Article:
Delta Expands Transcontinental and Trans-Pacific Routes From Seattle

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Earlier today, Delta announced an expanded partnership with Alaska Airlines as well as additional international and transcontinental domestic routes to and from Seattle.

Here are highlights from the official announcement:

  • Proposed new nonstop Delta service between Seattle-Tacoma International Airport and Shanghai Pu Dong International Airport, pending approval by the U.S. Department of Transportation (DOT).
  • Proposed new nonstop Delta service between Seattle and Haneda Airport in Tokyo, pending DOT approval.
  • The deployment of Delta’s flagship Boeing 747-400 jet on flights between Seattle and Narita Airport in Tokyo, featuring a fully upgraded interior with full flat-bed seats in BusinessElite, individual in-flight entertainment in every seat throughout the aircraft, expanded overhead bins and other amenities (this is a huge upgrade from their current angled lie-flats on the ex-Northwest Airlines 747 that I flew last year).
  • Newly upgraded Boeing 767-300 aircraft on Delta’s flights between Seattle and Paris, Beijing and Osaka, Japan, also offering full flat-bed seats in BusinessElite and upgraded amenities.
  • Additional nonstop Delta service between Seattle and John F. Kennedy International Airport in New York.
  • Upgraded BusinessElite service on all Delta Seattle-JFK flights to match the product and amenities of Delta’s JFK service from Los Angeles and San Francisco.
  • Sea-Tac airport improvements including a new Delta Sky Club, new power ports throughout Delta’s facilities, expanded ticket counters, lobby renovations and other improvements.
  • An ongoing partnership between Delta and Alaska that includes codesharing in Seattle and shared customer benefits including reciprocal lounge access and frequent flier programs.

Delta’s flight schedule already reflects some changes in their routes. Starting June 1, Delta’s JFK-SEA route goes to 5x daily including 4x daily with 757-200 ETOPS with 16 BusinessElite seats, and 1x daily on the 767-300ER with the 36 BusinessElite flat bed seats. This means that the BusinessElite product will now be available domestically on New York (JFK)- Seattle (SEA), San Francisco (SFO), and Los Angeles (LAX).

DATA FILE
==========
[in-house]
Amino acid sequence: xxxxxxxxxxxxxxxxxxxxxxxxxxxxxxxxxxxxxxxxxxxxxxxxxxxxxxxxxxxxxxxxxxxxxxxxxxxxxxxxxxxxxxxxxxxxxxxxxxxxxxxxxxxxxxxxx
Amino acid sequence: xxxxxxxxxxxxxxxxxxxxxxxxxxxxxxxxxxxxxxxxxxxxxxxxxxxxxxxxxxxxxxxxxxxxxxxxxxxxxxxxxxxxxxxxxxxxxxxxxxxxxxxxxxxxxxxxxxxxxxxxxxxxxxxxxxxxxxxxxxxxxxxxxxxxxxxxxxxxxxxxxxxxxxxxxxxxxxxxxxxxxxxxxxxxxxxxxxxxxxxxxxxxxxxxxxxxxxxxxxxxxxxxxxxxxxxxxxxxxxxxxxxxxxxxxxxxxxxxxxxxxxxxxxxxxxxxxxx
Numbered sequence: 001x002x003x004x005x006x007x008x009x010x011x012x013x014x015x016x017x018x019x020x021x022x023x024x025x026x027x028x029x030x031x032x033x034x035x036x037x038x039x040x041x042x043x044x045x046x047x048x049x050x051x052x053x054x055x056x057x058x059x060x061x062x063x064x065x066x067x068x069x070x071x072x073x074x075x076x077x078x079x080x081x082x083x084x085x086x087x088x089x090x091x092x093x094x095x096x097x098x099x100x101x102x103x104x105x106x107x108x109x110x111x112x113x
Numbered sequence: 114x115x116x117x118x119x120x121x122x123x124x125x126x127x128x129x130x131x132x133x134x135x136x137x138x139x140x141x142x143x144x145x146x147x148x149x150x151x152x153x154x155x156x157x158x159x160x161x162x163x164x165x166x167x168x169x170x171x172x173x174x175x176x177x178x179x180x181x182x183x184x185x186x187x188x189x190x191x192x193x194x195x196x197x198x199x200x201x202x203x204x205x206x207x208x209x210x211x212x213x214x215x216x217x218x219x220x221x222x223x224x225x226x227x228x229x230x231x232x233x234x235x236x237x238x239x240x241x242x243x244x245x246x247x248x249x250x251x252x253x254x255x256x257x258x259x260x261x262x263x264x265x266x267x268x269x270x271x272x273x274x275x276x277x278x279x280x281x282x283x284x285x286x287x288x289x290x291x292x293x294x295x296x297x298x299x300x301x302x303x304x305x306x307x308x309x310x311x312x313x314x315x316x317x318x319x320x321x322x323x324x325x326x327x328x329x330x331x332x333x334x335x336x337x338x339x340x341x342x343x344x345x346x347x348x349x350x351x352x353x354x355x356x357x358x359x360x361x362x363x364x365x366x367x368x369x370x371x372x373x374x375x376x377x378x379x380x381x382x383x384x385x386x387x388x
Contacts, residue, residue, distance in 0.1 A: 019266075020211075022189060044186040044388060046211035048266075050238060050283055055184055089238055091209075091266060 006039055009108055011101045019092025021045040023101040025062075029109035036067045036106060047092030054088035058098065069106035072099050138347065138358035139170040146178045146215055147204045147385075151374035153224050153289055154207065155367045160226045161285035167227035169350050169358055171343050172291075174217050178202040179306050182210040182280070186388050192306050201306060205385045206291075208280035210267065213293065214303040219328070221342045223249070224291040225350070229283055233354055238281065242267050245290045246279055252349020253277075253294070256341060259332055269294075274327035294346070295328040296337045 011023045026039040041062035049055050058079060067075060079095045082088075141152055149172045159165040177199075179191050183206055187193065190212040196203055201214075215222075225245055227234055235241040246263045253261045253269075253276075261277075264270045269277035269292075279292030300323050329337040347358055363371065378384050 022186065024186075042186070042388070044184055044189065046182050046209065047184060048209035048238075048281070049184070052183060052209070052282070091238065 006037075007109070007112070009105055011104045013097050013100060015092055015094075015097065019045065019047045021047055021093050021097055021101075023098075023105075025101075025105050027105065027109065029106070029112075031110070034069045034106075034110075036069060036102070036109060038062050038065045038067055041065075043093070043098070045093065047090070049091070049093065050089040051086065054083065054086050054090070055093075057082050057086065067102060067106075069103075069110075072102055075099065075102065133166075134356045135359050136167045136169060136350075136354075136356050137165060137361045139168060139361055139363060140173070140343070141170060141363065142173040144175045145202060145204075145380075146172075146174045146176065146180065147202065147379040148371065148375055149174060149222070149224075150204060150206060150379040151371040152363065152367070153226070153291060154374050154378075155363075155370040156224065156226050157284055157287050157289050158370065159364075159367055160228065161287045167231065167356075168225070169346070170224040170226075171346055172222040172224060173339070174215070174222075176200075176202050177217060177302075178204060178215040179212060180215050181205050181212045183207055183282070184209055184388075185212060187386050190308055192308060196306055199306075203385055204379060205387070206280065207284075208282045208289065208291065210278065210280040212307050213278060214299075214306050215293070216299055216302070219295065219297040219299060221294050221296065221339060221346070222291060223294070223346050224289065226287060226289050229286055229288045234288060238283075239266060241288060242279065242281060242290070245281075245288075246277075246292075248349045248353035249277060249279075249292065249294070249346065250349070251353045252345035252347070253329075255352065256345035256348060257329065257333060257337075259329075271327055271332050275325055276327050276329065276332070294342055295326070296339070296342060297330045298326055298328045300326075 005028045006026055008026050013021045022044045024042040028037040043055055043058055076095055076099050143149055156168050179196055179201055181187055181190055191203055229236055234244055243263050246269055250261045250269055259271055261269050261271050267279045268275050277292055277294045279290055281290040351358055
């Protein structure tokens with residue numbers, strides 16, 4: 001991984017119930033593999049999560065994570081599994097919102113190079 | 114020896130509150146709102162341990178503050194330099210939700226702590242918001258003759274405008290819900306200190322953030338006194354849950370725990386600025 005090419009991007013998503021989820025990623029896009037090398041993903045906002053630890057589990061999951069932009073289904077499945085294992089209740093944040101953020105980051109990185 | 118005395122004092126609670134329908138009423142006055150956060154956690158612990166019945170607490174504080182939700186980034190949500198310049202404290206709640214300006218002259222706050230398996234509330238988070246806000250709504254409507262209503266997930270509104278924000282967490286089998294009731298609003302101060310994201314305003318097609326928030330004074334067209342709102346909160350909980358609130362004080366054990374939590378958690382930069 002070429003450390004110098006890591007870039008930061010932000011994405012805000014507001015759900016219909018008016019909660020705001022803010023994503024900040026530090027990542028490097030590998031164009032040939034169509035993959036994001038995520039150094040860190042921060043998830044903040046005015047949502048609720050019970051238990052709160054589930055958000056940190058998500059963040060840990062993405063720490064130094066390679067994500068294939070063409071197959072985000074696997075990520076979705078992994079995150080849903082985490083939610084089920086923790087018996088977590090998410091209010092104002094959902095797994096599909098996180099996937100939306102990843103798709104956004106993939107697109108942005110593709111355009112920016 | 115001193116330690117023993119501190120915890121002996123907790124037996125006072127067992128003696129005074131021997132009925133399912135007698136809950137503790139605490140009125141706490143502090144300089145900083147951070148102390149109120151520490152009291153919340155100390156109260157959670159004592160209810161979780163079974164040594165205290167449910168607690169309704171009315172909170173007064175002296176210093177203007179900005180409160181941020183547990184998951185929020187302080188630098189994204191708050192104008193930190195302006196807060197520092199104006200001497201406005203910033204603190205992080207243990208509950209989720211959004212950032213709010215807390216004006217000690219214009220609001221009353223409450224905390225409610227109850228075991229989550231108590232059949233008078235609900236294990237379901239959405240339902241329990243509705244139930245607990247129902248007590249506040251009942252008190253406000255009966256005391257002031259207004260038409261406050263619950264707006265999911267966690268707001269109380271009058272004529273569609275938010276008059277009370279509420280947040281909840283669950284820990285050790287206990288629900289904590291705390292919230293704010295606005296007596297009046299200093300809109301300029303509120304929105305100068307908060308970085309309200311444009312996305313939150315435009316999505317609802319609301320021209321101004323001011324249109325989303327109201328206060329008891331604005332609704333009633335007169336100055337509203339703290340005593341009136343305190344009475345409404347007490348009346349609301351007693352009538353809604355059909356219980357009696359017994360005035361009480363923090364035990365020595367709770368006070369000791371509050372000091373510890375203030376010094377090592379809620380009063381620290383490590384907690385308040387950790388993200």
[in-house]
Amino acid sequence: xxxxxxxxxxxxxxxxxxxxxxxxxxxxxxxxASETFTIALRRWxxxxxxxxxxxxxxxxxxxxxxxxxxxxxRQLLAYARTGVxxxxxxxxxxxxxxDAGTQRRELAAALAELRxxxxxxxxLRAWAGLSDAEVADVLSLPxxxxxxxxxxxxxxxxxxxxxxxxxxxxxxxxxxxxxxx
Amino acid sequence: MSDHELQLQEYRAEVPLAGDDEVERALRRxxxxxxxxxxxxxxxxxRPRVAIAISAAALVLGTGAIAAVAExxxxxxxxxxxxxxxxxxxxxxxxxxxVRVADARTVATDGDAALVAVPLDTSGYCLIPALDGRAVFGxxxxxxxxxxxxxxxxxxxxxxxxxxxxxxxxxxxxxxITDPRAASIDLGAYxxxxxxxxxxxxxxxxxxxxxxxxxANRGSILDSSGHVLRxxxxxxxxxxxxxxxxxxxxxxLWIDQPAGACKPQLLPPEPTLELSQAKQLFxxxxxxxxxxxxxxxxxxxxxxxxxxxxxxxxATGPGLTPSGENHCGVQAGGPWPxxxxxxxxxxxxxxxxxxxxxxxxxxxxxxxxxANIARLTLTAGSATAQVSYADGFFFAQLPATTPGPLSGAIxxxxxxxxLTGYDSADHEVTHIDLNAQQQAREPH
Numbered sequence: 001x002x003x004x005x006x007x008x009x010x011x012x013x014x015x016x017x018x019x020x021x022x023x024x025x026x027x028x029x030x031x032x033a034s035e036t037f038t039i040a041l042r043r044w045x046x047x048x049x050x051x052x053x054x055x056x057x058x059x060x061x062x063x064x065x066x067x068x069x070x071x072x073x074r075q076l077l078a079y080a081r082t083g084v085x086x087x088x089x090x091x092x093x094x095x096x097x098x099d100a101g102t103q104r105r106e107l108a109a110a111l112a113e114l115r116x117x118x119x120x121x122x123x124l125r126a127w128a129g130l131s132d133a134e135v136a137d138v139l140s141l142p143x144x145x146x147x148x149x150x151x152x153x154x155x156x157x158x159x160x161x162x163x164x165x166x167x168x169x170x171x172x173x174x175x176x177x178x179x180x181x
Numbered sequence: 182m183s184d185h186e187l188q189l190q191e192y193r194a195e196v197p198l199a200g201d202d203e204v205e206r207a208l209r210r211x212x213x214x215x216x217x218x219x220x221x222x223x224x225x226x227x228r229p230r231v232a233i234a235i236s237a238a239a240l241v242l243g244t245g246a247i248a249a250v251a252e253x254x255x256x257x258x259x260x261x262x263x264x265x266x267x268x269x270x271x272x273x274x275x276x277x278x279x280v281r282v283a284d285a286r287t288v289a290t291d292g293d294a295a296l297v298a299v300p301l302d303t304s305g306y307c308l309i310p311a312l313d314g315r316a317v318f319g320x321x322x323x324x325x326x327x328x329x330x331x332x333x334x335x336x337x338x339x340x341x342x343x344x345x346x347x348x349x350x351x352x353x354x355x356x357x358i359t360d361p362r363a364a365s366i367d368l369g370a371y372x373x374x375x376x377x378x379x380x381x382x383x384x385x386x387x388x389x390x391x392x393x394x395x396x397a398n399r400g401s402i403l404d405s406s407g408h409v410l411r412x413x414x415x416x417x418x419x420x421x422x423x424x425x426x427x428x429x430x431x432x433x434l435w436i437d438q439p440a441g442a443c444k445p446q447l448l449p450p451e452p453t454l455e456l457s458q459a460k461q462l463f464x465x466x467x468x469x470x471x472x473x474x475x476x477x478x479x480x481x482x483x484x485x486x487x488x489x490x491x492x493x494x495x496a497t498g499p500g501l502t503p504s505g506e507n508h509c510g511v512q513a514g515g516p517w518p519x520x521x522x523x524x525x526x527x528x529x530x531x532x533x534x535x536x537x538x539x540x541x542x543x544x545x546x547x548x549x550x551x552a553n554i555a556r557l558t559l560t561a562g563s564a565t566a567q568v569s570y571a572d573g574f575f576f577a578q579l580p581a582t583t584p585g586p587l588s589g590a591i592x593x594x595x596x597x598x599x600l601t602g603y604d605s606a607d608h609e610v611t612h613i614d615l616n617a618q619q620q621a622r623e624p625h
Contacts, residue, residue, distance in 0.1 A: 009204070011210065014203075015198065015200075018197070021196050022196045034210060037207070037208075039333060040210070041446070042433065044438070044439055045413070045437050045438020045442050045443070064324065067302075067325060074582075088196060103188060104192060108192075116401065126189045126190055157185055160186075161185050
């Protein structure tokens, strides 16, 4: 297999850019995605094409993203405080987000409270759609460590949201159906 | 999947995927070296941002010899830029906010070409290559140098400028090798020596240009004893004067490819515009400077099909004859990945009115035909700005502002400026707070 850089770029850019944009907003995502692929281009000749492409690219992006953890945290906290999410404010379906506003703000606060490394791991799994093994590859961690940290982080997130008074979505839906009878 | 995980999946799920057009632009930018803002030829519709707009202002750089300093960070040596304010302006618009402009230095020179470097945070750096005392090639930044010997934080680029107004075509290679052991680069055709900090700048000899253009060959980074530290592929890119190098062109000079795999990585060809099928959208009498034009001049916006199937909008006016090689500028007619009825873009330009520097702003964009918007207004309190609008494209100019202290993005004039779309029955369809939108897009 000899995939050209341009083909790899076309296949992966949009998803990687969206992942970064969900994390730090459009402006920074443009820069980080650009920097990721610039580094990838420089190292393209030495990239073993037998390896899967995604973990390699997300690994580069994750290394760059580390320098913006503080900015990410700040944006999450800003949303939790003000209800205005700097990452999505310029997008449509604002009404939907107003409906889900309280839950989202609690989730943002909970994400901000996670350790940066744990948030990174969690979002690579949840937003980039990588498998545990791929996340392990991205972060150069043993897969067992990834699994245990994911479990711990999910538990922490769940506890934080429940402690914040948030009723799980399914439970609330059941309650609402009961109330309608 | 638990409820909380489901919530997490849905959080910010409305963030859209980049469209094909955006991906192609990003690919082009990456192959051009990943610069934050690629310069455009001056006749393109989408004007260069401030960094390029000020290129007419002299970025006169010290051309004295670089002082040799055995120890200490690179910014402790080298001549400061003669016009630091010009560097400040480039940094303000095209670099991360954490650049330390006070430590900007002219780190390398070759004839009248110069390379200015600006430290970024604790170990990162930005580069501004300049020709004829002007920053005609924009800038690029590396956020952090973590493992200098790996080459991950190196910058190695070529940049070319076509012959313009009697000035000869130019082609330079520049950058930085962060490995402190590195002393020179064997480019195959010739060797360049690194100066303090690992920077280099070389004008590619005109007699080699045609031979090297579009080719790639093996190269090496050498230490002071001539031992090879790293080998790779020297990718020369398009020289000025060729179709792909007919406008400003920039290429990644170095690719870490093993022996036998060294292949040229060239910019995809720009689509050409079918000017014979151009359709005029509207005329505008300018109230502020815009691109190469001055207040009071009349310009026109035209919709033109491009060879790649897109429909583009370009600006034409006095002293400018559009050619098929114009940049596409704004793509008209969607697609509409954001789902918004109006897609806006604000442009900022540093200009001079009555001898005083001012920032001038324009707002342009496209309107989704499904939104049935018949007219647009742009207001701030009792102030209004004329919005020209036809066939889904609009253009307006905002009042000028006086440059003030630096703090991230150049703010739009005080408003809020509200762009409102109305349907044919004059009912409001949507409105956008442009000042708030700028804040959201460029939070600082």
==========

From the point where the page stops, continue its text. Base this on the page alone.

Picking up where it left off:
Delta’s flight schedule shows all SEA-JFK flights served by aircraft with a BusinessElite cabin.

Aside from the big news that Delta will hopefully be using Seattle as another West Coast gateway for its Asian routes, I think the most exciting part of the announcement is the additional nonstop transcontinental service between New York JFK starting in June with Delta’s BusinessElite product aboard the 757-200’s and 767-300.

I’ve flown transcon BusinessElite a lot, both on its own and as part of an international itinerary connection, and it’s one of my favorite domestic airline services, so I’m looking forward to having quality transcontinental route to take.

The BusinessElite seats aboard Delta’s transcontinental flights are some of my favorite premium domestic seats.

However, Delta rarely releases any advance upgrade space on its transcontinental routes,  so it’s very difficult to plan ahead. You can always use tools like Expertflyer.com and Delta.com to help determine the upgrade likelihood, though many things can happen to upgrade space leading up to the list getting processed. When on Delta’s site you could make a mock booking to look at the seating map. It’s not always accurate, but it will give you a decent idea of how many seats are open. If you are a Platinum or Diamond you can leverage Systemwide Upgrades to enhance your position on the upgrade list, but this method is far from failproof.

The bottom line is, I think this is good news overall since it opens up more transcontinental and trans-Pacific routes, though it will likely still be hard to score upgrades on the JFK-Seattle flights since there are only 16 seats and I suspect Delta will indeed stop clearing advanced Medallion upgrades.

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